By Gary Larkin
In the first month of the new Administration, companies are facing a risk they didn’t expect: being the subject of one of President Trump’s tweets. While Trump is not the first Commander-in-Chief to use social media to reach constituents, the President is most definitely the first to make many CEOs and boards nervous with just 140 characters.
For many chief executives and boards, this Trump Twitter risk is just one layer of risks companies have to worry about. There’s also the policies of the new administration, which so far includes a travel ban on Muslim-majority countries and the potential rollbacks of Dodd-Frank Act regulations and the Affordable Care Act.
By using his @realDonaldTrump and @POTUS Twitter handles, President Trump has stayed in populist campaign mode in the first month of his first term. As many of his tweets have shown, it seems that almost any company is fair game. And it doesn’t matter if the tweet is positive or negative. It seems the risk far outweighs any opportunity that can come from a Presidential tweet. Just ask any of the CEOs and directors from the following companies: Nordstrom, LL Bean, Carrier, Ford, General Motors, Toyota, Boeing, Lockheed Martin, Amazon, The Washington Post, The New York Times, CNN. The list goes on. (And that’s only from December 2016 to present, which includes when he was President-elect.)
The President’s tweets have been taken seriously enough that Bloomberg entered into an agreement with Twitter back in December to allow its more than 300,000 subscribers to monitor them in real time. And for those who don’t have a Bloomberg terminal, several publications, including the Los Angeles Times, are posting the tweets on their websites.
The Trump tweet risks can be broken down into three categories:
- Reputation: A company’s brand can become a target due to a direct attack from the President and/or the company’s reaction to the attack. (See Lockheed, where there was a report that one Trump tweet cost the defense contractor $28 million per character.)
- Financial impact: Depending on the severity of the tweet and the company’ (See Ford, where its market capitalization fell by $28 million after Trump tweeted about the ’s plans to move a plant to Mexico.)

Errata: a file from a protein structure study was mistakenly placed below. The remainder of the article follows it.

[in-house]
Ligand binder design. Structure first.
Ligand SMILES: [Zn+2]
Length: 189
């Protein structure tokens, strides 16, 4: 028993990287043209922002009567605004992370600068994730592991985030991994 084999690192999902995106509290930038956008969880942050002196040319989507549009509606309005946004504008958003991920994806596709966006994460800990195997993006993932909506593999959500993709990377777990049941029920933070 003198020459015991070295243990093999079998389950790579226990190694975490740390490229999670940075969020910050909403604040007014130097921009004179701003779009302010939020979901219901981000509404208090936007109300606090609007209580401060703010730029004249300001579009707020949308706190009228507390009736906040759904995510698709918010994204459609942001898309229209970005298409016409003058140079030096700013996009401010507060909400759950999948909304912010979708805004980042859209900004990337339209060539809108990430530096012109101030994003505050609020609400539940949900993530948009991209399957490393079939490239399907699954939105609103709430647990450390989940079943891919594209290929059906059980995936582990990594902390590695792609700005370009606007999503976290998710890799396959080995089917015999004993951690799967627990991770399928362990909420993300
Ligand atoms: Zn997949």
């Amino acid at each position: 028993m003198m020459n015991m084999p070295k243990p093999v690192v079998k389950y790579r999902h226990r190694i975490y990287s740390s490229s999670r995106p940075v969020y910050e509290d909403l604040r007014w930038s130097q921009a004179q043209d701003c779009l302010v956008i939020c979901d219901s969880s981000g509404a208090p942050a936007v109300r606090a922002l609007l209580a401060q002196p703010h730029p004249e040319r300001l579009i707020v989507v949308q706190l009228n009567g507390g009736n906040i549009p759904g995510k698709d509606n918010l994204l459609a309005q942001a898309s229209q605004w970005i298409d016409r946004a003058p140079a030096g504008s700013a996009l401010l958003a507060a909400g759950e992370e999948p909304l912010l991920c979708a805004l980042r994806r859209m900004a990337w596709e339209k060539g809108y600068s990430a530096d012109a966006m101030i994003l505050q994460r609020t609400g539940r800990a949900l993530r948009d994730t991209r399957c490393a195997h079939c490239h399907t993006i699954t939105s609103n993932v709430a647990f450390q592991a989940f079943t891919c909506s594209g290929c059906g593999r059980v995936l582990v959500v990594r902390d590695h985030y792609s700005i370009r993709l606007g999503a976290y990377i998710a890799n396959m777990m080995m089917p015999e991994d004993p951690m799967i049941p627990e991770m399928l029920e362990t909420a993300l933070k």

- Liability: Directors and management are worried about shareholder lawsuits that could result from the loss in market capitalization that results from the company’s response to the tweets.
The dynamic nature of these risks has many public boards scurrying to come up with crisis management plans to address the tweets. While some companies had already come up with social media crisis plans over the past five years or so, this particular social media crisis has even the most prepared companies seeking external help. Professional services and law firms are working with companies to either create or update those crisis management plans.
Many of those firms who are accustomed to helping companies with such problems as social media attacks have been cautious in what they publicly dispense as advice. (Most likely this is because of the fear of a Trump twitter attack on themselves.) But I did stumble upon a client memo that really analyzes the issue and gives some substantive advice. It’s from Conference Board Governance Center member Cleary Gottlieb. It is titled, Responding to a Politician’s Social Media Attack.
The memo has a term for Trump tweets: “jawboning,” which is an old political tactic where government officials use speeches to influence economic policy, such as wages or commodity prices. The memo provides guidance for public company boards to have a discussion on preparing for and mitigating social media attacks.
Cleary Gottlieb addresses three areas (governance, executive compensation and employment-related issues, and communications). But for the purpose of this blog, I am listing only the governance guidance. To read the whole memo, click here.
- Monitoring: Given the speed at which social media can “go viral,” a company’s monitoring system should be designed to pick up relevant information in real time
- Board and management alignment: Management and the board should evaluate areas of potential vulnerability, paying particular attention to the issues that seem to most draw the attention of political leaders. A response plan should be developed to address the risk of a social media attack at least with respect to those identified vulnerabilities, and a response team should be organized, leveraging the company’s existing crisis management team.
- Threshold for board involvement: Many companies may determine that a social media attack from the President or another very senior public official is presumptively material, and therefore should receive some attention from the board before a decision is made about a response.
- Method of consultation with the board: To maximize responsiveness, a standing committee of two or three board members who might be consulted, as a group or individually, may be appropriate.
- Understand the corporate decision: Why was the corporate decision that is under attack made in the first place? What benefits were expected to be achieved?
- Evaluate the criticism: Is there merit to the social media attack?
- Explore the alternatives, if any: What alternative paths are available to achieving the expected benefits and that could mute the criticism?
- Consider the costs and benefits of not adjusting in response to the social media attack.
- Consider the costs and benefits of adjusting in response to the attack.
- Consider management and board conflicts of interest.
- Decide on a timeframe for the response.”